I file tax returns in both countries. Because there is a tax treaty between the US and Canada, I am not subject to double taxation so I get a credit for the tax I pay to Canada. Since Canada has a higher tax rate than the US by and large, I don't end up owing the US much if any tax.
There are exceptions though that are significant. In Canada we have a tax free savings account which is something similar to a Roth IRA. This is not recognized in the US. Therefore any interest I make on such an account would be taxable in the US, even though its not in Canada. As a result, I am unable to open such an account in Canada because it serves me no purpose. Similarly we have a Registered Education Savings Plan (there is something similar in the US but I don't know the name). We had to put my kids plan in my husband's name only because if my name were on it, it would be taxed in the US. There are other things, including house sales that are taxed differently in different countries. The kicker for me is that the US has a death tax. I am primarily a SAHM so when I die the bulk of my estate will be from my Canadian husband's earnings. Before that estate passes to our Canadian children it would be subject to US taxation. Keep in mind that none of this money has any link to the US.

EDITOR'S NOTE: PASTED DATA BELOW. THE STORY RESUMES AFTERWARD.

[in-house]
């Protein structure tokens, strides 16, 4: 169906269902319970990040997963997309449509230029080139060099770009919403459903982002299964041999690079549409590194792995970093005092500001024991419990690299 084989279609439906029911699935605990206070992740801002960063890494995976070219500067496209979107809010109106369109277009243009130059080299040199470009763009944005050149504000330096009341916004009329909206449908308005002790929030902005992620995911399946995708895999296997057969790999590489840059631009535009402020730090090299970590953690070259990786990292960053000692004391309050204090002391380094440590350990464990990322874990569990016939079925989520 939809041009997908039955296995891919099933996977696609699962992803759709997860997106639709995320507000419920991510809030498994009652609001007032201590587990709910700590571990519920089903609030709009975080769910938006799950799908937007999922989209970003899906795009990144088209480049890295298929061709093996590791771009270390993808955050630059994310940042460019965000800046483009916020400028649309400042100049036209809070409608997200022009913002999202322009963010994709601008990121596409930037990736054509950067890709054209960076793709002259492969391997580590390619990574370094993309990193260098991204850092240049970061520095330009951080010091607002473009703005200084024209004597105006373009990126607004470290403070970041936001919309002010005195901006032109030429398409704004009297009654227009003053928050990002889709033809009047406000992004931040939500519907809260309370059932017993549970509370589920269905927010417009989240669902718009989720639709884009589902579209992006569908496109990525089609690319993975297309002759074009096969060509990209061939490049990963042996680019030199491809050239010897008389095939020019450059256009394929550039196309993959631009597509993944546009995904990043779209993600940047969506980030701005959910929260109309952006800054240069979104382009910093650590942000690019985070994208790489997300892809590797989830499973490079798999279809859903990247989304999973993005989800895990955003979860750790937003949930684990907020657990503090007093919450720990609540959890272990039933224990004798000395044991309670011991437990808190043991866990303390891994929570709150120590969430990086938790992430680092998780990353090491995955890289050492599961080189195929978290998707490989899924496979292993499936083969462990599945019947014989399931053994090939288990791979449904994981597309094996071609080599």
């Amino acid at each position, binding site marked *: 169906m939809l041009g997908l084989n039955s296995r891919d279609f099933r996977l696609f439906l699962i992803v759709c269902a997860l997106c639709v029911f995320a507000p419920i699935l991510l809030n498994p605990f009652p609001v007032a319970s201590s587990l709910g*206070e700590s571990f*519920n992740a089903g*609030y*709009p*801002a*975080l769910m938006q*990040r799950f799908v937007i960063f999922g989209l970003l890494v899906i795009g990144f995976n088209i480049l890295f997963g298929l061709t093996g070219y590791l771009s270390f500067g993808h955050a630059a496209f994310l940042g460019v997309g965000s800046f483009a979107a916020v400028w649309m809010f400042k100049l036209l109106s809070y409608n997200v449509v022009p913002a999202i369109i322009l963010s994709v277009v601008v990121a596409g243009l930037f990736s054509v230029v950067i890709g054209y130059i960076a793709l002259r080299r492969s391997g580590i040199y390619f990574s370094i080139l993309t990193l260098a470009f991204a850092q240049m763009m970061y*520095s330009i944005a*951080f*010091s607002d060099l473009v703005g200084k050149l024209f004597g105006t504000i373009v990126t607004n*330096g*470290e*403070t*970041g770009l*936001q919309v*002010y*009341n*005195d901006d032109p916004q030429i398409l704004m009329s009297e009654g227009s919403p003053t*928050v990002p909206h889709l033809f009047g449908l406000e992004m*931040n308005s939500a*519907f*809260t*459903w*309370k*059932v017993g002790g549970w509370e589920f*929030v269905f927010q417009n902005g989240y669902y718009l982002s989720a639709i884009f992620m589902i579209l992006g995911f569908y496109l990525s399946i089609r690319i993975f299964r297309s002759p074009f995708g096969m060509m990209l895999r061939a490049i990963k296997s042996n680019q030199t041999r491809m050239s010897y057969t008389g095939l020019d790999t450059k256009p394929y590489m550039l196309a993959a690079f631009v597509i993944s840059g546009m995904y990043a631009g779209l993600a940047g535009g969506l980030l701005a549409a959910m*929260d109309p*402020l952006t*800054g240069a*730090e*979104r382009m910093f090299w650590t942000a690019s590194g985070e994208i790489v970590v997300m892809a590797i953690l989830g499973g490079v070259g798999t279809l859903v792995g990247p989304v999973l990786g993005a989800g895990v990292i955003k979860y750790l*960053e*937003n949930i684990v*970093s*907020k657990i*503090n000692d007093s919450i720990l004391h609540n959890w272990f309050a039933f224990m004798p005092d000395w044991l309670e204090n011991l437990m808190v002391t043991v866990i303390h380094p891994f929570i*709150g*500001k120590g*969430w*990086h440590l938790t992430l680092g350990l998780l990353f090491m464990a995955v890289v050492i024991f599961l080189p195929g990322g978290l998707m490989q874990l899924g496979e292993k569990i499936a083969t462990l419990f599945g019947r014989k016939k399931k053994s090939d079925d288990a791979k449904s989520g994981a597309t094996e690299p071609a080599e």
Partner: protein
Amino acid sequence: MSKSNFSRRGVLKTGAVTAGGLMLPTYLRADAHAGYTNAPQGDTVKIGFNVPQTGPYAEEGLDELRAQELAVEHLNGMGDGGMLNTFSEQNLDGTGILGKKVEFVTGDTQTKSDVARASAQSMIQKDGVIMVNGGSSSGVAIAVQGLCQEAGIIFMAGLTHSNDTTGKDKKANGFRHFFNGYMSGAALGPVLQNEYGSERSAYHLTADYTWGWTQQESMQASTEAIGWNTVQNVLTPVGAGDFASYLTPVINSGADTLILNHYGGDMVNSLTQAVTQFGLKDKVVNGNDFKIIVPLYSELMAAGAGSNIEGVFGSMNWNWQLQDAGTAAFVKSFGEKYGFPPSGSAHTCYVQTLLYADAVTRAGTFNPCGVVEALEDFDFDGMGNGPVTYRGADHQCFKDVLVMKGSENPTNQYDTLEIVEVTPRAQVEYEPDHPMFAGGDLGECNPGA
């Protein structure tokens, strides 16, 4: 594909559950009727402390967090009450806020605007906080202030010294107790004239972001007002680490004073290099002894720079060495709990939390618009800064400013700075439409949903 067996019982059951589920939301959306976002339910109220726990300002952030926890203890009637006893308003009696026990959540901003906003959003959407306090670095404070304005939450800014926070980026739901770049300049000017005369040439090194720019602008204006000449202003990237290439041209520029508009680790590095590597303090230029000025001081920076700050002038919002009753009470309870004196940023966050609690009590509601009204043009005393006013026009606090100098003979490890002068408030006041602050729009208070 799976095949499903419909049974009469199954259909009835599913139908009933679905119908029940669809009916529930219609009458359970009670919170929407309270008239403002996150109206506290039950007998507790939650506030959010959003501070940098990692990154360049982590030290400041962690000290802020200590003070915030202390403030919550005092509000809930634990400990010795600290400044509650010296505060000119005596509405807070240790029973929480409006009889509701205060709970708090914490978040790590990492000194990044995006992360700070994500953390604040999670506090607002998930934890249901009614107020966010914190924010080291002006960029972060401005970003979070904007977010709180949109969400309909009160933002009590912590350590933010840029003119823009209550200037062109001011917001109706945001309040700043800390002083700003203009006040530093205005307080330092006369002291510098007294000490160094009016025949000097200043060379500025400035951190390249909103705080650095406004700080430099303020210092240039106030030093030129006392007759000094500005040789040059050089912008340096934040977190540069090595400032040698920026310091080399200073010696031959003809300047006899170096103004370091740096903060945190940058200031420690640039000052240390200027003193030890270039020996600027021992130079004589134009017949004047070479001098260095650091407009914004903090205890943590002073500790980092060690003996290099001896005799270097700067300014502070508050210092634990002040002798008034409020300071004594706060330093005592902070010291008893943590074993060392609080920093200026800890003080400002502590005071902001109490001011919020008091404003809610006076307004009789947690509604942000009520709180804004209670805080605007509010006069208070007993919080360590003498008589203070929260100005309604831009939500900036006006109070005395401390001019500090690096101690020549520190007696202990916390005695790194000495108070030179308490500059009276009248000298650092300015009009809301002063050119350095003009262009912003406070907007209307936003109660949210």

The person who benefits the most from this is my cross-border accountant because its impossible for me (or any ex-pat) to navigate this system. Even though the tax I end up paying to the US is negligible, my accounting fees are significant.
In any case, all I'm saying is that the decision to renounce or not renounce ends up being a practical one rather than a patriotic one. I know many Americans who are very sad to give up their US citizenship, but in order to protect the finances of their Canadian families they have no choice but to do so.
I haven't renounced my citizenship yet
but its definitely something that is always on my mind.